Nov 5, 2018, Brunswick (ME) Times Record: Youth mental health remains a concern in Sagadahoc County https://www.timesrecord.com/articles/front-page/youth-mental-health-remains-a-concern-in-sagadahoc-county/ A new health survey of Sagadahoc County shows that despite gains, youth mental health remains an issue in the area. “Overall, if you look at the county’s health index, we are often one of the healthiest counties in the state, but our youth mental health rates are some of the unhealthiest in the state,” said Director of Community Health Promotion at Mid Coast Hospital Melissa Fochesato. … For data on youth mental health, the Sagadahoc County Health Profile draws from the Maine Integrated Youth Health Survey, a survey of Maine students conducted every two years. The 2017 data shows 30.2 percent of Sagadahoc County high school students felt sad or hopeless for two weeks in a row, which is about 3 percent higher than the statewide average. 17.6 percent seriously considered suicide, compared to the statewide average of 14.7 percent. … “Three years ago, I would argue one of the areas that have seen a lot of focus is youth mental health,” said Fochesato. “Three years ago, we said as a community that we need to put some extra focus on this. So Mid Coast Hospital got a Youth Mental Health First Aid Training grant to help adults in our region recognize signs and symptoms.” In addition to those training, Mid Coast Hospital has been working closely with the Midcoast Community Alliance, a nonprofit group that originated two years ago in response to a youth suicide in the community. While the organization’s original mission was to make Bath a suicide-free community, it has since broadened its horizons to tackle mental health awareness as a whole. … Since 2015, the number of Sagadahoc County youth who reported seeking help from an adult when experiencing signs of depression increased from 21 percent to 29 percent. And now 59 percent of area youth believe they matter to the community, compared to just 49 percent in 2015. Those numbers show a small but marked change in youth mental health in Sagadahoc County. It can take a long time to move the needle on health factors, noted Fochesato, but the results so far are promising. …
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Children today are noticeably different from previous generations, and the proof is in the news coverage we see every day. This site shows you what’s happening in schools around the world. Children are increasingly disabled and chronically ill, and the education system has to accommodate them. Things we've long associated with autism, like sensory issues, repetitive behaviors, anxiety and lack of social skills, are now problems affecting mainstream students. Blame is predictably placed on bad parenting (otherwise known as trauma from home).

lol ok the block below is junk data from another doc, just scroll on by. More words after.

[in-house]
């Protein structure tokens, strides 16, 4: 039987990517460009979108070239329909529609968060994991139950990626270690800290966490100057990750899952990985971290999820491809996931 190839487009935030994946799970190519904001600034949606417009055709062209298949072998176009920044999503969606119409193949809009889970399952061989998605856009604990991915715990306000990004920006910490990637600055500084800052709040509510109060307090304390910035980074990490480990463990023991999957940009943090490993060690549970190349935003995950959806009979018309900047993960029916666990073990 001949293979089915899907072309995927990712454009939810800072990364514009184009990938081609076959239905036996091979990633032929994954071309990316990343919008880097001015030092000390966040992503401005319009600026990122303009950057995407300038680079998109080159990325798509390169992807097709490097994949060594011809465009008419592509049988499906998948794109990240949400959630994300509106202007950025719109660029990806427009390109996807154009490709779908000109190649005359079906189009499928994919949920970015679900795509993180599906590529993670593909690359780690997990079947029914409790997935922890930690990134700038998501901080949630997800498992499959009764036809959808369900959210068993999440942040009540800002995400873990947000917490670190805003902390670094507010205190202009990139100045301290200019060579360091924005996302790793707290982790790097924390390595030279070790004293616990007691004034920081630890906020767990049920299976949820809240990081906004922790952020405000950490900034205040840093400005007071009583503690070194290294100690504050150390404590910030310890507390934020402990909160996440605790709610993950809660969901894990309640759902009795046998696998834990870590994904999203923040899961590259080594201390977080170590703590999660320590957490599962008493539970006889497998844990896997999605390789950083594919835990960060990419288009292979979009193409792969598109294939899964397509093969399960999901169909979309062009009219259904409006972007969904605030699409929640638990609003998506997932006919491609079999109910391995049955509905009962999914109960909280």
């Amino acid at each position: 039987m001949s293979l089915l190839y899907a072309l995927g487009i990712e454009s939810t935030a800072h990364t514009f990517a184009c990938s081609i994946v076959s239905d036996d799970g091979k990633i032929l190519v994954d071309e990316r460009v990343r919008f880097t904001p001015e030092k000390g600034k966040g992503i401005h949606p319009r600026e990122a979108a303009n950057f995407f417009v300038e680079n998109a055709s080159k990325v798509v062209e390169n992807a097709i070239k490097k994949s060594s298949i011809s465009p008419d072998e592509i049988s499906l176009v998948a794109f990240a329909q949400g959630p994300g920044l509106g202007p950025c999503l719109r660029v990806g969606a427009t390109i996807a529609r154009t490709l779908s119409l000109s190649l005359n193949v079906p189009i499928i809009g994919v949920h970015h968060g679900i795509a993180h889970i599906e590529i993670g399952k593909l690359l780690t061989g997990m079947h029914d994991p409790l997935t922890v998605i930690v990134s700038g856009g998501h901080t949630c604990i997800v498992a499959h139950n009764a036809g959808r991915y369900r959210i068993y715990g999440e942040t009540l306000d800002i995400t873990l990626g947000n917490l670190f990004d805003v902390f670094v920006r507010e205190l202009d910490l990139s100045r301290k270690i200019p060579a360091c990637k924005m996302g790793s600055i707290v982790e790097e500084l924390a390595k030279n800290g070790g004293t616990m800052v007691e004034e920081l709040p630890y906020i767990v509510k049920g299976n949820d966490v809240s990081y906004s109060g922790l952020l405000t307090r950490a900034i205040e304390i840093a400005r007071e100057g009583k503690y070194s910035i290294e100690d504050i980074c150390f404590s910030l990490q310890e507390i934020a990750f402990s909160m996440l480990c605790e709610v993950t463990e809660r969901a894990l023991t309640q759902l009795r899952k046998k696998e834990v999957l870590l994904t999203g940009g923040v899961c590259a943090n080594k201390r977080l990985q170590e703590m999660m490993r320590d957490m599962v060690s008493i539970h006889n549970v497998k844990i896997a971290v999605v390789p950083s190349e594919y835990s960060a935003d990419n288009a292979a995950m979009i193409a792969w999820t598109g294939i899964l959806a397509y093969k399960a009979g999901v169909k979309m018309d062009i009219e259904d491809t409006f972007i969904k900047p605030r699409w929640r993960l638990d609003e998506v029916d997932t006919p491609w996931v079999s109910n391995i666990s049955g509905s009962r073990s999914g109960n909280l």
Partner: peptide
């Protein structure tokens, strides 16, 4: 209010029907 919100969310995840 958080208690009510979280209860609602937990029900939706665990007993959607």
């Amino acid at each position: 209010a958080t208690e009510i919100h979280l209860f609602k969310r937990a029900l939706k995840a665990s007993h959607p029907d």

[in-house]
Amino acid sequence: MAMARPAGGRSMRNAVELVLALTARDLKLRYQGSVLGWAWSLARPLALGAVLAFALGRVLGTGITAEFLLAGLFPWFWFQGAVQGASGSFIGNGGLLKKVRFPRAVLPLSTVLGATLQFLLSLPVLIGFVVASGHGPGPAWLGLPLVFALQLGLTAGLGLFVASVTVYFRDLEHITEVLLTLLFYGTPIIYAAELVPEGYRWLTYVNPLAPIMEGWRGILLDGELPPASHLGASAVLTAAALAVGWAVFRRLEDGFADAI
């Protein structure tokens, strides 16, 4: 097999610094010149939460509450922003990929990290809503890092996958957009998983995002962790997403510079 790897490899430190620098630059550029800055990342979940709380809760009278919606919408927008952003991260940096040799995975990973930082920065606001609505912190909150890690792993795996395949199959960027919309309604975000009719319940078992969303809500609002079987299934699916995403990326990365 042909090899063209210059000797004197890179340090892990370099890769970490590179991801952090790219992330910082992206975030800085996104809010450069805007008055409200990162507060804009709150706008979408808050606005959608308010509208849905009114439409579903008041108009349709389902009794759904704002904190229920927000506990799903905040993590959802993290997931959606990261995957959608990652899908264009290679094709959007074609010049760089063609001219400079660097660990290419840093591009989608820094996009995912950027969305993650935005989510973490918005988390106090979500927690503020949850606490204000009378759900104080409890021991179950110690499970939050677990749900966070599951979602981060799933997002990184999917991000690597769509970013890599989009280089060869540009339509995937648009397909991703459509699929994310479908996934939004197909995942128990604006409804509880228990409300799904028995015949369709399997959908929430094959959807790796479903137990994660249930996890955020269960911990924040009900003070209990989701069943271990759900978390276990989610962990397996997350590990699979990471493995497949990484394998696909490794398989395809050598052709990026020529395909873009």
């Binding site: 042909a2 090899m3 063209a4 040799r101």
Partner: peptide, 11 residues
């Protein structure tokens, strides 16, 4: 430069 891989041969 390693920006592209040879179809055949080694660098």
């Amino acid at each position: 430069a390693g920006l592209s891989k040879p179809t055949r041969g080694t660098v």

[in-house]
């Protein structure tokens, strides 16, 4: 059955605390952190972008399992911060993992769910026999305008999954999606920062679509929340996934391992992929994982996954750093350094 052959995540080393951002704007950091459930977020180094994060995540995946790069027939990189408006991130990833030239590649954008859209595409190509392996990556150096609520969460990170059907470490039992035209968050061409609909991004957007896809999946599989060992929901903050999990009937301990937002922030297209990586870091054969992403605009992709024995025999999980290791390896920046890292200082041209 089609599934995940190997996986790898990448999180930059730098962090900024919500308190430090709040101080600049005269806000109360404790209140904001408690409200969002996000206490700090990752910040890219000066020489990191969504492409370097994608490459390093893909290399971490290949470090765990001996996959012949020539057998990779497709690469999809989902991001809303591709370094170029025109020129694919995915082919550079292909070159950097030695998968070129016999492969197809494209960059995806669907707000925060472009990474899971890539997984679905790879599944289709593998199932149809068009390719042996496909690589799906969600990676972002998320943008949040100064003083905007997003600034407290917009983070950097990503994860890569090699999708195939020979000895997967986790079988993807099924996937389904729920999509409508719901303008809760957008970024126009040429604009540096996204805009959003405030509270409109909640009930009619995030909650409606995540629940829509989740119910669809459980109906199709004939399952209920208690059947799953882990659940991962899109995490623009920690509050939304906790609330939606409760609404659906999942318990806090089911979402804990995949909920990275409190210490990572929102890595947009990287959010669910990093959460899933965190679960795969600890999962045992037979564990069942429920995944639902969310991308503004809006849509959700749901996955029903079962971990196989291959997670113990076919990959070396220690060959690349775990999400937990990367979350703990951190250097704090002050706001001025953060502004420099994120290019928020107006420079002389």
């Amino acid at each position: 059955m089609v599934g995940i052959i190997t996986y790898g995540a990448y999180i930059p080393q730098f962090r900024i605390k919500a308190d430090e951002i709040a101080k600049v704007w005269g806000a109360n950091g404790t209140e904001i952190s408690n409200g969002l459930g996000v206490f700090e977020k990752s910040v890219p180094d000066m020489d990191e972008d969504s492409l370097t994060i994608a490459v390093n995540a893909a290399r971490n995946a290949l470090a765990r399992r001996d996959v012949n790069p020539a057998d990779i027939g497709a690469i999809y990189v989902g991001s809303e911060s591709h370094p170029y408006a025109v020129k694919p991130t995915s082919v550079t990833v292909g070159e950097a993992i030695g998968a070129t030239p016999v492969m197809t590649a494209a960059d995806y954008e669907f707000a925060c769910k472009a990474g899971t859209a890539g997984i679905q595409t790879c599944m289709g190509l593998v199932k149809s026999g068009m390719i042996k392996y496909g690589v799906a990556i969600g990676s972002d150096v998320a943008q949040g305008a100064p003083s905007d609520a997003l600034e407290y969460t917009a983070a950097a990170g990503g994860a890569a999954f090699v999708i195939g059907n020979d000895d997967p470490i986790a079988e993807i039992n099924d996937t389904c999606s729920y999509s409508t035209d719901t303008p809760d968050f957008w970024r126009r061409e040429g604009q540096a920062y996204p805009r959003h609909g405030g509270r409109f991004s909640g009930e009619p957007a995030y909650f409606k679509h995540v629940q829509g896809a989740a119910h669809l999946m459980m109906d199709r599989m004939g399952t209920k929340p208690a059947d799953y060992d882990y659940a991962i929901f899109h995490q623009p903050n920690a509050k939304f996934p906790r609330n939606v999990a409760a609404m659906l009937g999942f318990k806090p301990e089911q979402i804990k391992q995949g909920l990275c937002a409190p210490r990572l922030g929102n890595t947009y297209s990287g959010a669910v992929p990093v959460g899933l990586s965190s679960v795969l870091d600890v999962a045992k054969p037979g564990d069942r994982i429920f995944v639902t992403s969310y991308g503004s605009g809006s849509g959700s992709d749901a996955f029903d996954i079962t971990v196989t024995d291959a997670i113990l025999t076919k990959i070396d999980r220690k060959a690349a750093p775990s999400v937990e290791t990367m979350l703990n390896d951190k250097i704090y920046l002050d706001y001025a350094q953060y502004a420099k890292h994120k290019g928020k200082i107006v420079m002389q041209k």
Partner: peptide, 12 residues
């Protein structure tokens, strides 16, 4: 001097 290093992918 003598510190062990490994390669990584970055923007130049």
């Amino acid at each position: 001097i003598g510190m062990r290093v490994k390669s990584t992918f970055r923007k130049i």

Addressing mental health needs is as important as academics for modern educators. This is an unrecognized disaster. The stories here are about children who can’t learn or behave like children have always been expected to. What childhood has become is a chilling portent for the future of mankind.
Anne Dachel, Media editor, Age of Autism
(John Dachel, Tech. assist.)
What will happen in another 4 years? How can we go on like this? This is a national (and international) problem of monumental proportions. We have an entire new class of children who cannot be accommodated by the system: many are manifestly neurologically impaired. Meanwhile, the government and the medical profession sleep on regardless.
UK media editor, Age of Autism
The generation of American children born after 1990 are arguably the sickest generation in the history of our country.
Robert F. Kennedy, Jr.
It seemed to me that with rising autism prevalence, you’d also see rising autism costs to society, and it turns out, the costs are catastrophic.
They calculated that in 2015 autism cost the United States $268 billion and they projected that if autism continues at its current rate, we’re looking at one trillion dollars a year in autism costs by 2025, so within five years.
Toby Rogers, PhD, Political economist
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